In the late 1930s, the Libmans decided to consolidate the family business in Tuscola, Illinois, where broomcorn grew across hundreds of acres. The business boomed in 1940s as the company became a supplier to the U.S. military. Libman brooms cleaned everything from submarines to Army bases during World War II.
By 1957, Libman needed to grow, so the family moved the business 10 miles south to Arcola and into a former 10,000-square-foot schoolhouse.
That building is still the heart of Libman, but now it's surrounded by a 1.25-million-square-foot factory. You can still see the old plant through the new one. There are markings on the floor from the school's gymnasium in one section of the old building.
From almost nothing, Libman is now is the biggest employer in town and has become a core part of yet another immigration story -- one that is bound by the very crop that Robert and his father used to buy on their Sunday drives.
Chapter Two: The Crop That Binds Nations
The geographic distance between Cadereyta, Mexico, and Arcola may be more than 1,300 miles. Yet broomcorn and the Mexican farm workers, who once harvested the crop before it began disappearing from the Illinois landscape in the late 1950s, intimately link the two towns.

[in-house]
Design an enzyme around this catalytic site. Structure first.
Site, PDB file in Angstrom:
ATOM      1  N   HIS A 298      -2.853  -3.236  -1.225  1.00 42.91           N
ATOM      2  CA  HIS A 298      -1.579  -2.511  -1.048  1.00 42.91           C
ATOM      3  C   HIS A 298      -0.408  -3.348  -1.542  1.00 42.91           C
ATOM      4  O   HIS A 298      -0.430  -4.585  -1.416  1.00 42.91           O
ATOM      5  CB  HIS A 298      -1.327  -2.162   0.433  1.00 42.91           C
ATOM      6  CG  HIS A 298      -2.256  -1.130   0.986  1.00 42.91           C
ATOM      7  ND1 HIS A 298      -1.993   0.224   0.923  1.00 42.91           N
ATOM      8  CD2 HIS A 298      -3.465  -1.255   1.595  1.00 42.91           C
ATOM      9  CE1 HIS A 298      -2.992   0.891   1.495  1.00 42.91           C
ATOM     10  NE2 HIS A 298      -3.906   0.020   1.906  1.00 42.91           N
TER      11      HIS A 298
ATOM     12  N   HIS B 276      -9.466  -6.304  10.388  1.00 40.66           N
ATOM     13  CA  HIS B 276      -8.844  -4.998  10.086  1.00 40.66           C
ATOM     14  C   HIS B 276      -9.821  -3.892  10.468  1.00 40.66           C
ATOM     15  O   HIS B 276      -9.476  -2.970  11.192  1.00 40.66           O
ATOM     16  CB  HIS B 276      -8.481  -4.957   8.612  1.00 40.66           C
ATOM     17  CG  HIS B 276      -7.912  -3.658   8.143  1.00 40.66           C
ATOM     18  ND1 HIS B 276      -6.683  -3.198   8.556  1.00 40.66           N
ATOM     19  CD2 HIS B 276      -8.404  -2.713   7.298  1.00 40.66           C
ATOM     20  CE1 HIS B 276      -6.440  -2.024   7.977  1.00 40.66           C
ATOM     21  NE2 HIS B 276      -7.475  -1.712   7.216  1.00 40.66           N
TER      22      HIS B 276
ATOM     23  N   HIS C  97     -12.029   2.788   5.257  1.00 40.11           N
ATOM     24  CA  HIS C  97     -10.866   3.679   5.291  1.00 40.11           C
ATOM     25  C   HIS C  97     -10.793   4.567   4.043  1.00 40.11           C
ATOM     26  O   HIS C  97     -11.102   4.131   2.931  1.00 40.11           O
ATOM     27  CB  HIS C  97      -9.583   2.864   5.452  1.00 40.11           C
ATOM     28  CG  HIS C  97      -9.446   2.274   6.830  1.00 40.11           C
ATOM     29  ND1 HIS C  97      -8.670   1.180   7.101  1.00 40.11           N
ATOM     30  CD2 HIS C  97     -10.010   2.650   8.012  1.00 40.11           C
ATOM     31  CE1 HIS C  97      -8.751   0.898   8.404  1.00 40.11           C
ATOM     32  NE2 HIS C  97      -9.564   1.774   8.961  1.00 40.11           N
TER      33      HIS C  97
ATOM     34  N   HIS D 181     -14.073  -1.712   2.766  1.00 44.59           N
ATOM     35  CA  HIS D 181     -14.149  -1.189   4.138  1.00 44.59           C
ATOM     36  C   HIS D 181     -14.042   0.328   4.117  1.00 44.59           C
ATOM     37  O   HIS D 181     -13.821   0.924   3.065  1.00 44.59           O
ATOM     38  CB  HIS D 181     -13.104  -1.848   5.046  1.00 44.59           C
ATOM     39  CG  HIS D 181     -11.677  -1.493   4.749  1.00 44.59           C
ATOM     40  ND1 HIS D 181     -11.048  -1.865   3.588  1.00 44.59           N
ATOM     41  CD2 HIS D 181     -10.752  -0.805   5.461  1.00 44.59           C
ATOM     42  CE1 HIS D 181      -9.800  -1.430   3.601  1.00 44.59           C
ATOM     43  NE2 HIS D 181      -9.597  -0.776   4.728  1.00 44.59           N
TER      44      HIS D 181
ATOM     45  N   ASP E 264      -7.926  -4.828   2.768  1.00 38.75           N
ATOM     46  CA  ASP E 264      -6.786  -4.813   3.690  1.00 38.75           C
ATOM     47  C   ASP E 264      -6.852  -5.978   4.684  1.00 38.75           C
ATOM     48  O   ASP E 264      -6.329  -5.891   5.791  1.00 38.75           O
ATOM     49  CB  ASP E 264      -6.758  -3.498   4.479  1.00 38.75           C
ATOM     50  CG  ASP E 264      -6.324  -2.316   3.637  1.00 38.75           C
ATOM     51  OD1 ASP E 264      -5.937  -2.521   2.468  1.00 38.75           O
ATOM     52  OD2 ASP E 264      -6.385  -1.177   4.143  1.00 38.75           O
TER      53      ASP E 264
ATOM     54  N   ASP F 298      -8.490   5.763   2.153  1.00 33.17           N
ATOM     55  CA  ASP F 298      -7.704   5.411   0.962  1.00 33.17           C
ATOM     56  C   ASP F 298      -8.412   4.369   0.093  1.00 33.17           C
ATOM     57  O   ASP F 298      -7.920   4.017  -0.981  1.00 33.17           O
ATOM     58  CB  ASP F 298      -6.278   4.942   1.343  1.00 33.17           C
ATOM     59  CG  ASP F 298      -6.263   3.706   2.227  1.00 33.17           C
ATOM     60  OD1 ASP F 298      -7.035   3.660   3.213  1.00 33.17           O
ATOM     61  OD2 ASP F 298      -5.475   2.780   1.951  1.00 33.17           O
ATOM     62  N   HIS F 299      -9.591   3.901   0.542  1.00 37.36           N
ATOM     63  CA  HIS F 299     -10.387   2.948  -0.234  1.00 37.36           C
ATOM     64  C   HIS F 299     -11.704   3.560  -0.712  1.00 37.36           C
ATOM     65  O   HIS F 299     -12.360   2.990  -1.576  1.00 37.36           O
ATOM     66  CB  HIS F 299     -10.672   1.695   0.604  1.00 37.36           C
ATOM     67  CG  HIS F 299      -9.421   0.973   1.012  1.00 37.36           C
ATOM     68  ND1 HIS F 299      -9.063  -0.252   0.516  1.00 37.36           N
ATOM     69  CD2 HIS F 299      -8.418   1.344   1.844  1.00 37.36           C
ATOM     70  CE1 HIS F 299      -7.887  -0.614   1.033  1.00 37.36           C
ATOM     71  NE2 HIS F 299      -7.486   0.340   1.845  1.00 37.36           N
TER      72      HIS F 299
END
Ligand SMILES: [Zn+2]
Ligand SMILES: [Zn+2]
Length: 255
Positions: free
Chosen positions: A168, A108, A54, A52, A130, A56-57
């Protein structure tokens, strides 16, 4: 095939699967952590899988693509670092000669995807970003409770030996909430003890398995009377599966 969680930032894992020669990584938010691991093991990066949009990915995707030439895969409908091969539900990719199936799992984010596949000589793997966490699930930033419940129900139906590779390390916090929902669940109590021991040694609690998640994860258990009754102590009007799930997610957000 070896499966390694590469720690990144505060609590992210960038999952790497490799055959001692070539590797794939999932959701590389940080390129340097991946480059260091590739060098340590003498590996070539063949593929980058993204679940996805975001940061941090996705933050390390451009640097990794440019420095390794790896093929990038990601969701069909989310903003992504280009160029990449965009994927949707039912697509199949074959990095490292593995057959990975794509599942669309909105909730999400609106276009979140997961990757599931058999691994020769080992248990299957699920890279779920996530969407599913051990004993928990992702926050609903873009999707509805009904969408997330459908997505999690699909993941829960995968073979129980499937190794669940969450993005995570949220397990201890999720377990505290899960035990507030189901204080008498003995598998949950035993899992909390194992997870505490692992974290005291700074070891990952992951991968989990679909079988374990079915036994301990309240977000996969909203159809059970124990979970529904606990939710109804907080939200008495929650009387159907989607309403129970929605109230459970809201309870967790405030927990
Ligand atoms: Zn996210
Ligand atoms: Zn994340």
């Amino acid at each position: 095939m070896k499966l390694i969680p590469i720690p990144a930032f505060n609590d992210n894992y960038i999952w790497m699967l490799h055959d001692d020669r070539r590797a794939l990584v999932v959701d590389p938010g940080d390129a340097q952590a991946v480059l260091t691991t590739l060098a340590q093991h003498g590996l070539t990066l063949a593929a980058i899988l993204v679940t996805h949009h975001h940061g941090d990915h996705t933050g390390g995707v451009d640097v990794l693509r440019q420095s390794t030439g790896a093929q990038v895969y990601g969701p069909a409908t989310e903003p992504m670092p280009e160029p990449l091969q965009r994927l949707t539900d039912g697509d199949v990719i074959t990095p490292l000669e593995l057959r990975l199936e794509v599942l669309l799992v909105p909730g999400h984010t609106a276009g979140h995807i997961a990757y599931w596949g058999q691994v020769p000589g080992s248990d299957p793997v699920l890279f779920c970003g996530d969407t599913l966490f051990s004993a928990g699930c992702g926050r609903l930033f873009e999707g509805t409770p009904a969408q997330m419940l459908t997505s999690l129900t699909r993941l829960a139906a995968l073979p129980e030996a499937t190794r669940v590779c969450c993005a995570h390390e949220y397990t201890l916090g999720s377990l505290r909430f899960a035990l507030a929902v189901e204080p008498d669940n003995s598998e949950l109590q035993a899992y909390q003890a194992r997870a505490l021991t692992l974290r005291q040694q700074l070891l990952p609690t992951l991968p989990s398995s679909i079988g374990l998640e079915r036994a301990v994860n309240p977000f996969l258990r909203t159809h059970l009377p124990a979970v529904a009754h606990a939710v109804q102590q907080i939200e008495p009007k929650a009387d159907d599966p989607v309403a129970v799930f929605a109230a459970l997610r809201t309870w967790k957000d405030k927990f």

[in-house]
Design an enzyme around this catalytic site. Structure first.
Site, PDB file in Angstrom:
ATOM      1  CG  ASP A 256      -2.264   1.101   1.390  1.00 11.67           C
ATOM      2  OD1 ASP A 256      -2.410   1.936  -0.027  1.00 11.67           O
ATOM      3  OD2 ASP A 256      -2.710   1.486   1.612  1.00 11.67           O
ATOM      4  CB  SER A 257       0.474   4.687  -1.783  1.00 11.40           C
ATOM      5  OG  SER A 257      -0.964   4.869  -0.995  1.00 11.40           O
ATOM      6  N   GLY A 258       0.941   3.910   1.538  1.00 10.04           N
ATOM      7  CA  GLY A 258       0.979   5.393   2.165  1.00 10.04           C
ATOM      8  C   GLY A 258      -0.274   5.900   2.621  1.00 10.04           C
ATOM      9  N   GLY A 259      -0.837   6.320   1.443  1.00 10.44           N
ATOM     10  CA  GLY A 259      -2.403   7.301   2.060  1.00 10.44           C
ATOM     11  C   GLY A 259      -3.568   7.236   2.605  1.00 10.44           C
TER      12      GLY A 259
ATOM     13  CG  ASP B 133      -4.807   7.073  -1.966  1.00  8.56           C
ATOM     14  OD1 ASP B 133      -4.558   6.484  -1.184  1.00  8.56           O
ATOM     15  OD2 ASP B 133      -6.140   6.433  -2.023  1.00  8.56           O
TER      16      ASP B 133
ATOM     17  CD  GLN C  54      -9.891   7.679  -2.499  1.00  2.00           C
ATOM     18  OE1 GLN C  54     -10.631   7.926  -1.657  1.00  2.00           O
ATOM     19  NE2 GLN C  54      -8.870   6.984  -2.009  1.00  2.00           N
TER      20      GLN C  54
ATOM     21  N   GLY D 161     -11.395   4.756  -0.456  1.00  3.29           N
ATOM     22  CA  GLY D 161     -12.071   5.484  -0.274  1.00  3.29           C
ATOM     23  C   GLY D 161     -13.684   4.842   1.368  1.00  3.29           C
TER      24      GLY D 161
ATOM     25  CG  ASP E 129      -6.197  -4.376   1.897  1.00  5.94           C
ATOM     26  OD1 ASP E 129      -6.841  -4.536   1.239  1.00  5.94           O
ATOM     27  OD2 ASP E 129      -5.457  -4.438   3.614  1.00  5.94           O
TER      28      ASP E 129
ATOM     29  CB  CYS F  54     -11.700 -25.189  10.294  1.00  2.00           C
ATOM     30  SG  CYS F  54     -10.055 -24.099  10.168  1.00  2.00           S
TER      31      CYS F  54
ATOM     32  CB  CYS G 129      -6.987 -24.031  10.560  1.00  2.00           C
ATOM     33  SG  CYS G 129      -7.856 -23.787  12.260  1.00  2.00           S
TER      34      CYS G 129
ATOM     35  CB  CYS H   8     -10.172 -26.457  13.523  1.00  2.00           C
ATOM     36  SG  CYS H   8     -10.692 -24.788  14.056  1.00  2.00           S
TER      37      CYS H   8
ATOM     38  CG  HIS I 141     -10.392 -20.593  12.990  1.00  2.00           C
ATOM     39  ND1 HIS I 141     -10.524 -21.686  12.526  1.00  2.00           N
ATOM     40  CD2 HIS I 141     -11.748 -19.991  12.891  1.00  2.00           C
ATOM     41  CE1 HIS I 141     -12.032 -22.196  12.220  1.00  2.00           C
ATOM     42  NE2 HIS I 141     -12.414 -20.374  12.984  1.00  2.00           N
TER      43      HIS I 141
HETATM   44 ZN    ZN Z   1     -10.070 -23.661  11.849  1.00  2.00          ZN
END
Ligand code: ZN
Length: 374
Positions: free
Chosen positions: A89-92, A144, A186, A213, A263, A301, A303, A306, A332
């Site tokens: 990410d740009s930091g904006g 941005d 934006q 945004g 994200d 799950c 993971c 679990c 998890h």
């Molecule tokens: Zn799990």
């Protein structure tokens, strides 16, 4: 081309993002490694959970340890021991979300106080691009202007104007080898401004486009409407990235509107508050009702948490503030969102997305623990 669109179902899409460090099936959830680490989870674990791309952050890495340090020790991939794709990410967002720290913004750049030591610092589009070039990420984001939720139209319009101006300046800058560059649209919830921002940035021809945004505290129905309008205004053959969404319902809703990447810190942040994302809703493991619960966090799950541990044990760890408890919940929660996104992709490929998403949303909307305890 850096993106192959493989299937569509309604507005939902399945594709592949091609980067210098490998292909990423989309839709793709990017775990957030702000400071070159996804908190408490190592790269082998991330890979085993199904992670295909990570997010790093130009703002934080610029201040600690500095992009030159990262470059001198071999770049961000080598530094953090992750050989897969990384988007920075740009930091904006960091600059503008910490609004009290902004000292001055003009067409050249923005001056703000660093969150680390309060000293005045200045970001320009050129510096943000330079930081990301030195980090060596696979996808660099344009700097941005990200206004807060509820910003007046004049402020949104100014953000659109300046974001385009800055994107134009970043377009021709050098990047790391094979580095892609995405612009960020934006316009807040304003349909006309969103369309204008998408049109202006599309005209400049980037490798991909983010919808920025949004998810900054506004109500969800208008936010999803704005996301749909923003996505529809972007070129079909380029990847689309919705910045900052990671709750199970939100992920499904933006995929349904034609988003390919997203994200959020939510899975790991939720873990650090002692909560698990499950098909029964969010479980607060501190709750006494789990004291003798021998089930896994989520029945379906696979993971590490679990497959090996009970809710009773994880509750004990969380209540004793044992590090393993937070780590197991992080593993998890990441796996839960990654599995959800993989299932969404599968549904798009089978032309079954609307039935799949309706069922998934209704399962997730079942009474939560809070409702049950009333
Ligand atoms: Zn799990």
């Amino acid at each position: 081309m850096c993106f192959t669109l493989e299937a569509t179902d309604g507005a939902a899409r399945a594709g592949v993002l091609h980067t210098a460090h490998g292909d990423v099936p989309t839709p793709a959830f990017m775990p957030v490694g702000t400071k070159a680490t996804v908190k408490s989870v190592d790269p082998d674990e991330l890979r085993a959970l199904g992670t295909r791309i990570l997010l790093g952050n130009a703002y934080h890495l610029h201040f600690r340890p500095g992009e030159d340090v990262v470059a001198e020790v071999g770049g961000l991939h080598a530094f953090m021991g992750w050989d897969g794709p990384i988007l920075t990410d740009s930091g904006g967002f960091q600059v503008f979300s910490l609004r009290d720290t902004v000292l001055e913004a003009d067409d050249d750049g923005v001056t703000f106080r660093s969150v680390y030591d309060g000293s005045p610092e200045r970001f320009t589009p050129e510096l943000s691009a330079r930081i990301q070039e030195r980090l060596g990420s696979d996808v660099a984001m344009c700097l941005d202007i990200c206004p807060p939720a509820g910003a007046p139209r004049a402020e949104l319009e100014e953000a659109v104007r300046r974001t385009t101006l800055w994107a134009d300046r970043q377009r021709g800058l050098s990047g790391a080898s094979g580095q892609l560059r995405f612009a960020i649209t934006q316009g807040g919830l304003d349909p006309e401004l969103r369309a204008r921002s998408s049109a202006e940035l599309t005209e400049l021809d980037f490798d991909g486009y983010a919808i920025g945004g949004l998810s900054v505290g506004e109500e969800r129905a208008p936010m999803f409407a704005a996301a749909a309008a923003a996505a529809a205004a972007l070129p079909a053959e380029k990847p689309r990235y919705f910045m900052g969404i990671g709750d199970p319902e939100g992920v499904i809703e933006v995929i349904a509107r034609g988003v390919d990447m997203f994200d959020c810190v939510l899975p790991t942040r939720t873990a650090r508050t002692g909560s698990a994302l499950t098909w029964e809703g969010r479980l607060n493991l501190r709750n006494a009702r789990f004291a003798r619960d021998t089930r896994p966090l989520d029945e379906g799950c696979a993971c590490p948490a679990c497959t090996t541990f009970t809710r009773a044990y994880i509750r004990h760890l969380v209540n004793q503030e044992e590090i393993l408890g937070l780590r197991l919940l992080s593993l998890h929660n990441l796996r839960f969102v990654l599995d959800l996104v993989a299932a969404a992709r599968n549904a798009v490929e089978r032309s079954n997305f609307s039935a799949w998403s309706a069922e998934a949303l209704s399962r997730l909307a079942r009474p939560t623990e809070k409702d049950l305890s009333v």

Illinois farmers stopped planting the crop as cheaper broomcorn imported from other countries made it difficult for them to compete. Some of that cheaper product even came from Cadereyta, known as Mexico's "Broom Capital."
Harvesting, threshing and curing broomcorn has to be done in small batches, and that takes people, not machines, to do. Those people often were migrant workers who would harvest broomcorn in Mexico. Those jobs in Cadereyta's fields and broom factories paid little; so they headed north in the summer and fall to work in fields, factories or on the railroads. The migration path was already set when Clarence had to start looking south as the broomcorn disappeared from Illinois.
At the same time, workers from the south were looking north for better jobs.
One of them was Baltazar Gauna's grandfather, Jose Cruz Gauna, who immigrated to Arcola in the late 1960s because he heard he could make more money working in the Libman broom factory than harvesting broomcorn in Cadereyta.